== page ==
When does a conversation about external cost adjustment (who even knows what that is?) get exciting? When it impacts our teachers and kids!
Let’s dive in to learn a bit more about the Joint Education Committee’s recent meeting in which external cost adjustments (ECA) regarding the Educational Block Grant and teacher pay were explored.
How it All Works:
Let me first acknowledge that I could easily say, the committee recommended “X” amount in an external cost adjustment, and be done with this blog (scroll to bottom if that’s what you’re hoping for). But I thought it might be nice to provide a bit more insight.
The first thing to know is that the Joint Education Committee approaches the educational block grant funding (depending on the year) as either a big ol’ recalibration, or as a smaller adjustment. Here’s the difference in a nutshell:
This process occurs up to every five years and requires the committee to re-price a wider range of categories using the block grant funding. It’s a heavy lift because it’s looking at a broader array of categories or line items.
External cost adjustment (ECA):
This process is mandated for non-recalibration years and occurred last week. It looks at inflation and cost models to determine if yearly changes are needed in the Educational Block Grant Funding. The categories evaluated are professional staff (66% of funding), non-professional staff (13% of funding), supplies and materials, and utilities (a combined 21% of funding).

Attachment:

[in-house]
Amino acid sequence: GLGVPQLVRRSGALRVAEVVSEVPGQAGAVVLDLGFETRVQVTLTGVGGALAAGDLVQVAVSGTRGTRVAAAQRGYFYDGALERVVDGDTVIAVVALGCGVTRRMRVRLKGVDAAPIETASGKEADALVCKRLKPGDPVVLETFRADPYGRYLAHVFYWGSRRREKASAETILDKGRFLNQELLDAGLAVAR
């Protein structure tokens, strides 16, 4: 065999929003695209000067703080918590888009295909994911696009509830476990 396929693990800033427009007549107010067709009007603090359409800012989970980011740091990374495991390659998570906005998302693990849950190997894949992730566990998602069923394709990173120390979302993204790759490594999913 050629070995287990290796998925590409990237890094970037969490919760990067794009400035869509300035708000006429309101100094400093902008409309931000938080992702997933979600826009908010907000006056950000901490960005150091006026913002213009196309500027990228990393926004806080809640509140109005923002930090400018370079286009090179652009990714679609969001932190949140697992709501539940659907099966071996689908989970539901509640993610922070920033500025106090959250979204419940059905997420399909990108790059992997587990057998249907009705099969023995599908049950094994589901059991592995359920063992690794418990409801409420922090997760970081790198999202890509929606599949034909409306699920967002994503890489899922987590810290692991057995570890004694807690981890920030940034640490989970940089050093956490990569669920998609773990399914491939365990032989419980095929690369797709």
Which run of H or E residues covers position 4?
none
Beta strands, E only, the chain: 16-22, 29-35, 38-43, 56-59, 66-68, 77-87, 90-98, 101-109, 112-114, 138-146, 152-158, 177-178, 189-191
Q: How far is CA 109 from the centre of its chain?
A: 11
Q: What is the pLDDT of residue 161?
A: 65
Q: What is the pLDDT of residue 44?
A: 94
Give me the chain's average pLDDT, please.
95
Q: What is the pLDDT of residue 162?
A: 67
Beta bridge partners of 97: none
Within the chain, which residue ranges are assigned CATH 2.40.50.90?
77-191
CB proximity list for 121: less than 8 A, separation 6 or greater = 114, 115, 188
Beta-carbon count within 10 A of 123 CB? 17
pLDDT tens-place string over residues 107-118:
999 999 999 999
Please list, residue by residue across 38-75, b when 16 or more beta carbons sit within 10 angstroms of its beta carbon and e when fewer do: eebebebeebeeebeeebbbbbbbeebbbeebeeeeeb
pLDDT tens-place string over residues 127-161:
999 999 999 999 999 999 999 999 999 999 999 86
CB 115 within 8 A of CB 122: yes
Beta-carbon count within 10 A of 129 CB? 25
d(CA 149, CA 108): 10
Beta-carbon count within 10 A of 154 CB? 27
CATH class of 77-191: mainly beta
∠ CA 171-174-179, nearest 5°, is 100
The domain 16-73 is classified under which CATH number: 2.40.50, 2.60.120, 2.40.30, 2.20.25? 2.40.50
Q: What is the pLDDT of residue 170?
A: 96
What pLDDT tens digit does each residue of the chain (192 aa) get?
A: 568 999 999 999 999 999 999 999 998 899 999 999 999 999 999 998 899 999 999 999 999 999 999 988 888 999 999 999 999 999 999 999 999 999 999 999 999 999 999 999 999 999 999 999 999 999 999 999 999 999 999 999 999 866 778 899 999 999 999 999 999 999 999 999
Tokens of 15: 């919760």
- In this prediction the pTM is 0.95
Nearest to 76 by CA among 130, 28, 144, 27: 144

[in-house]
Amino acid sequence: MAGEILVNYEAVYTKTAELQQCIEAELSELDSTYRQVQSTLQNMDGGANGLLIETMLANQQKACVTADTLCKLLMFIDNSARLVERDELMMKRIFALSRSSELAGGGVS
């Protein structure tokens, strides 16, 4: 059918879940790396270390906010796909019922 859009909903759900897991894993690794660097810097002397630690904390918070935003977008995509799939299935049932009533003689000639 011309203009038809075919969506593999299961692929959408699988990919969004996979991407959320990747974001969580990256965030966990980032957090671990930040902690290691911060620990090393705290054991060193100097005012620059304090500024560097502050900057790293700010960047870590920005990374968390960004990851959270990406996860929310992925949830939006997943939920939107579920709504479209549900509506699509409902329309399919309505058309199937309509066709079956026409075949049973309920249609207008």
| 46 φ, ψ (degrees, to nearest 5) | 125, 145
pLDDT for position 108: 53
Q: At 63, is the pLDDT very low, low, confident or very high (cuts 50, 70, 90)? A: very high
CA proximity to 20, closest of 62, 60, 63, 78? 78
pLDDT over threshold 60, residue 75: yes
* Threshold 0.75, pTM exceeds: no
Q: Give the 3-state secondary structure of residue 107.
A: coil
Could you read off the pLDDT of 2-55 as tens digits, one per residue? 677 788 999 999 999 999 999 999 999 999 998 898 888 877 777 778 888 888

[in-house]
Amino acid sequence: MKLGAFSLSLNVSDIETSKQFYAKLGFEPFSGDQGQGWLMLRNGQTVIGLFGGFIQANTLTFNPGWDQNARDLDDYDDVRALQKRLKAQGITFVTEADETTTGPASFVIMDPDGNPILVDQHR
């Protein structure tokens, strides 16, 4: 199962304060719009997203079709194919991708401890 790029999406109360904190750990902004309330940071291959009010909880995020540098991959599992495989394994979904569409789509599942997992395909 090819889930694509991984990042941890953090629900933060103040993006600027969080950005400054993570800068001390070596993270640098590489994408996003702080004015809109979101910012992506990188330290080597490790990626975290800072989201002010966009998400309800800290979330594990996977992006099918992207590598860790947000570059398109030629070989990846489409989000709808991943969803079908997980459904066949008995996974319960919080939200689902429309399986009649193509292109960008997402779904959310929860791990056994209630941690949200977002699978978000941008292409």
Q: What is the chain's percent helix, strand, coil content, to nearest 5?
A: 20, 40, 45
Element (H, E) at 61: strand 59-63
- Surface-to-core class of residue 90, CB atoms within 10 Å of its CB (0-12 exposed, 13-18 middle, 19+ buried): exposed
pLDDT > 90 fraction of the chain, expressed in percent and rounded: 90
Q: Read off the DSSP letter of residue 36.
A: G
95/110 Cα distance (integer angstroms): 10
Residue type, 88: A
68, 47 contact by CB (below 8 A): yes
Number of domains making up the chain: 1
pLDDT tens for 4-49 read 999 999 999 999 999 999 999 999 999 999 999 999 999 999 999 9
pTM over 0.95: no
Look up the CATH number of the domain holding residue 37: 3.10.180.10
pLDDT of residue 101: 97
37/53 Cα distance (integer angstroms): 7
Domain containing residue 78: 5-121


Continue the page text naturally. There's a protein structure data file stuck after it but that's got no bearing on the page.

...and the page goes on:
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The second thing to know is that the Joint Education Committee compares two models to guide their decision-making. The models can be described most simply as:
Evidence-Based Model: This model assumes the consultants’ recommendations from prior recalibrations.
Statutory Model: This model is based on the funding levels passed into law for each school year and includes the ECA.
The education committee listened to experts who reviewed inflation and past funding.
They also heard testimony from principals, superintendents, and the Wyoming School Board’s Association who stressed the need for increased pay to keep and hire high-quality teachers. Some noted that they were struggling to keep and hire positions ranging from teachers to bus drivers.
Dr. Christiana Stoddard, the legislative consultant reported on metrics that reflect changes in teacher pay and in pressures teachers are facing. Dr. Stoddard noted that while Wyoming has been one of the higher paying states in the region, other states are now beginning to catch up or surpass Wyoming’s pay. In addition, she noted that the exit rates for teachers before retirement age have risen to above any previously recorded levels.
While not keeping up with the actual cost of inflation (6+%), the Joint Education Committee did opt to approve the statutory model which includes a 3.871% inflation adjustment increase for professional staff and a 4.106% increase for non-professional staff, increasing the budget for staff by $30.3 million for 2024 – 2025.
We hope the Joint Appropriations and full legislature will be equally ready to back our teachers, most of whom are women!
View the interim committee meeting here, and stay tuned to learn the outcome during session.
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